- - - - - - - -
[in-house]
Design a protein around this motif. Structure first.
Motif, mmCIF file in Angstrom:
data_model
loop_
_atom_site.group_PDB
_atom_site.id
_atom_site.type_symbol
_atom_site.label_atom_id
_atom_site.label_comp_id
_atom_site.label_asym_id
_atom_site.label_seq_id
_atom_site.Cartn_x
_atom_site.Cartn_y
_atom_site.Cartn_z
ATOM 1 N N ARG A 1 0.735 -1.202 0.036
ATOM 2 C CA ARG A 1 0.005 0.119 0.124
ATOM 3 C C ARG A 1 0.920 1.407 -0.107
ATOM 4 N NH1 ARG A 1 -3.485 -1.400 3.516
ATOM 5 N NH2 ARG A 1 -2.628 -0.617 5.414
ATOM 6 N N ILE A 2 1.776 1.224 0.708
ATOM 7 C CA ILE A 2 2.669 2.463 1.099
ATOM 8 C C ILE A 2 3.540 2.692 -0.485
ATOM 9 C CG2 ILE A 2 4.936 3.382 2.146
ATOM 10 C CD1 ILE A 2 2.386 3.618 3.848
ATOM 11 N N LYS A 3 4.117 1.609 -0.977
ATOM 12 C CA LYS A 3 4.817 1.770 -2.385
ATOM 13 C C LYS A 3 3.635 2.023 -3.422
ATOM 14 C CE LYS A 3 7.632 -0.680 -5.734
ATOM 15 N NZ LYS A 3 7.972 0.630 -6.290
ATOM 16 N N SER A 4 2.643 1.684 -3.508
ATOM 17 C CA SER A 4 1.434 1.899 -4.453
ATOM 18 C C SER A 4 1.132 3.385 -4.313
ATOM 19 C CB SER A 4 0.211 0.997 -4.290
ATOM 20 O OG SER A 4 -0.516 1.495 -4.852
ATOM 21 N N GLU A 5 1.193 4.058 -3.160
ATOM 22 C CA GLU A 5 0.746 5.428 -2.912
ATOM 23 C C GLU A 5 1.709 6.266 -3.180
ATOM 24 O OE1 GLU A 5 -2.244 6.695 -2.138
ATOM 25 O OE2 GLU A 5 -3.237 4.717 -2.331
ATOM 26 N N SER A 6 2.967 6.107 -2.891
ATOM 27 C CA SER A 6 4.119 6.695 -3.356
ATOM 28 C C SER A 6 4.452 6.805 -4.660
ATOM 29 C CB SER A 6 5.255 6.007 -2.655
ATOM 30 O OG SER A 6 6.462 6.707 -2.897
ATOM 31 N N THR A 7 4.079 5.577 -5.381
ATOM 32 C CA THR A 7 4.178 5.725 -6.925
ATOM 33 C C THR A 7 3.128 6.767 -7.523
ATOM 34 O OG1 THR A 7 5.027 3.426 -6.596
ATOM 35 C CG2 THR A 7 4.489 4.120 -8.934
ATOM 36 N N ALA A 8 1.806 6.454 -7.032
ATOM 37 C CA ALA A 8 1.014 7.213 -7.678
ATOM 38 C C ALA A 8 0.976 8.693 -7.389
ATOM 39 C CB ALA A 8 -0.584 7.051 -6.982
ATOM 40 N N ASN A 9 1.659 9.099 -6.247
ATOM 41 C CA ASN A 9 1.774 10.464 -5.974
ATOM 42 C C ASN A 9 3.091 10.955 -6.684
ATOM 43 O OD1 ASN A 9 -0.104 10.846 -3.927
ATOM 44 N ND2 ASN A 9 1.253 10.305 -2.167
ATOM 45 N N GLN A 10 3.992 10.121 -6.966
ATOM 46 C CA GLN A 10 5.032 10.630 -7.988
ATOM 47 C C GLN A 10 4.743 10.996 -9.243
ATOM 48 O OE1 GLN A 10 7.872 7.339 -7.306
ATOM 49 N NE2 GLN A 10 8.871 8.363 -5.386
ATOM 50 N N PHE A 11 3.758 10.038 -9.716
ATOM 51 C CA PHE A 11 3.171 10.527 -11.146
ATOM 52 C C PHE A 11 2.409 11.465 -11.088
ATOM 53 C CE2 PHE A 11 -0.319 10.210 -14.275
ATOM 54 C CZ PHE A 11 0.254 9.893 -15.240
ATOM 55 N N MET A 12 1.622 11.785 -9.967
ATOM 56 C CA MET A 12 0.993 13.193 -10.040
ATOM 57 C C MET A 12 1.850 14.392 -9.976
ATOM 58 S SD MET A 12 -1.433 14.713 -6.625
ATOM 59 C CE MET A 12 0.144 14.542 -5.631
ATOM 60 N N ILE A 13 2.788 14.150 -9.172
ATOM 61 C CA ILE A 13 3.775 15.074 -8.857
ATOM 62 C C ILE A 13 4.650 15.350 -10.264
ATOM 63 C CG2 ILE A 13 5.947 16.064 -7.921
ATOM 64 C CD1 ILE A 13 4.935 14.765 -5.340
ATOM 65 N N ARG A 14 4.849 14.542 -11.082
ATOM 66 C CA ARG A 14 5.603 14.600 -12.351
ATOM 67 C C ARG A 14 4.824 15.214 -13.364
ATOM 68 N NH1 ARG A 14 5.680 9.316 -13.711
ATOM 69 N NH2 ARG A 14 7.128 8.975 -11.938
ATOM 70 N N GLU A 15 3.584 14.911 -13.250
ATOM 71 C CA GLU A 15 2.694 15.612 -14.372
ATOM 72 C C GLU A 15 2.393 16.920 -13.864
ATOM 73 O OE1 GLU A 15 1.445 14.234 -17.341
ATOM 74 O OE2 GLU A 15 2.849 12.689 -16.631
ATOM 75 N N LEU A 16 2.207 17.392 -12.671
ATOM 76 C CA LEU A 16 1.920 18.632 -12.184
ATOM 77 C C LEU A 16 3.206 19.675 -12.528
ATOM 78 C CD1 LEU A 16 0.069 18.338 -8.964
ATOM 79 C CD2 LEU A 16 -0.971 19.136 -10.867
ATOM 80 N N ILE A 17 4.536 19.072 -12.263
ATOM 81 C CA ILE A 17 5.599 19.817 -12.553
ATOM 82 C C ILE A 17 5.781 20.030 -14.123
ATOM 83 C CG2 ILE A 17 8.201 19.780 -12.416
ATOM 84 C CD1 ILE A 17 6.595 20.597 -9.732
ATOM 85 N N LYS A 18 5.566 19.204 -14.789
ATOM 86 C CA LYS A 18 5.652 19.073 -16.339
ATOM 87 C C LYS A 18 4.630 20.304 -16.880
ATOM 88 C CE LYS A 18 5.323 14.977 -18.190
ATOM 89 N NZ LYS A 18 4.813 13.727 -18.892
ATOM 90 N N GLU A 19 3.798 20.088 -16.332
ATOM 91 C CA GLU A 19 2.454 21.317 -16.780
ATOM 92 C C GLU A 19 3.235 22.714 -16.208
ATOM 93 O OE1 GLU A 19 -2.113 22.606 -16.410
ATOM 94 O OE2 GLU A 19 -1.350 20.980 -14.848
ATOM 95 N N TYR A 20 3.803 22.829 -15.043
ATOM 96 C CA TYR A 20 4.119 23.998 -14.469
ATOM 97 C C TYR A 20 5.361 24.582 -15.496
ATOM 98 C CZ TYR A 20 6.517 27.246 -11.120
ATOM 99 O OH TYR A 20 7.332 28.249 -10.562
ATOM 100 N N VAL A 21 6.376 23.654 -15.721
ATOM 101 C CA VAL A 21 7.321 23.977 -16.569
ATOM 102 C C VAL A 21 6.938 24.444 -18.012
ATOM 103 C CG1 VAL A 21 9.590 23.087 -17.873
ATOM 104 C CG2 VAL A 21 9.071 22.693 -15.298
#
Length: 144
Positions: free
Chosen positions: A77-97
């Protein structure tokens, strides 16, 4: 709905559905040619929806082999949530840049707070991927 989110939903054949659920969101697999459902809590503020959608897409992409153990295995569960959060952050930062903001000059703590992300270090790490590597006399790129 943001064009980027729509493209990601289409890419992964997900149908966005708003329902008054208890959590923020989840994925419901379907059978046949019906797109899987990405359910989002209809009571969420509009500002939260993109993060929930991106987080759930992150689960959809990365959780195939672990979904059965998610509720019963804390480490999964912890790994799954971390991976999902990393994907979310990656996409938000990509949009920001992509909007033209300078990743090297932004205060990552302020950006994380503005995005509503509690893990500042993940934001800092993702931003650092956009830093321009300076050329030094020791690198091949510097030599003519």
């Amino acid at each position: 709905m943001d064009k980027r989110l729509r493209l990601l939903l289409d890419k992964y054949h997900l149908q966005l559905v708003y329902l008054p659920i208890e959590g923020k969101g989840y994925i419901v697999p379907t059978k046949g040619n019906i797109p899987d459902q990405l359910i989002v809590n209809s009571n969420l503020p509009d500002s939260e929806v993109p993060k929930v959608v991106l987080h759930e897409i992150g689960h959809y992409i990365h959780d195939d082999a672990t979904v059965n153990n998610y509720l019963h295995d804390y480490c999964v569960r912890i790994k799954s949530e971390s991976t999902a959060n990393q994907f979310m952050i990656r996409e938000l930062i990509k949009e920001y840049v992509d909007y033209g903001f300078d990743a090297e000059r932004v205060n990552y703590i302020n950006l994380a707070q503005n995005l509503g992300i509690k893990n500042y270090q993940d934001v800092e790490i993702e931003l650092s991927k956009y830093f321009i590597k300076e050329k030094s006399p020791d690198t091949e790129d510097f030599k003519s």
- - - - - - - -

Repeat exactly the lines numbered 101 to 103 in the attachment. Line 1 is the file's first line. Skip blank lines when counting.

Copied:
ATOM 86 C CA LYS A 18 5.652 19.073 -16.339
ATOM 87 C C LYS A 18 4.630 20.304 -16.880
ATOM 88 C CE LYS A 18 5.323 14.977 -18.190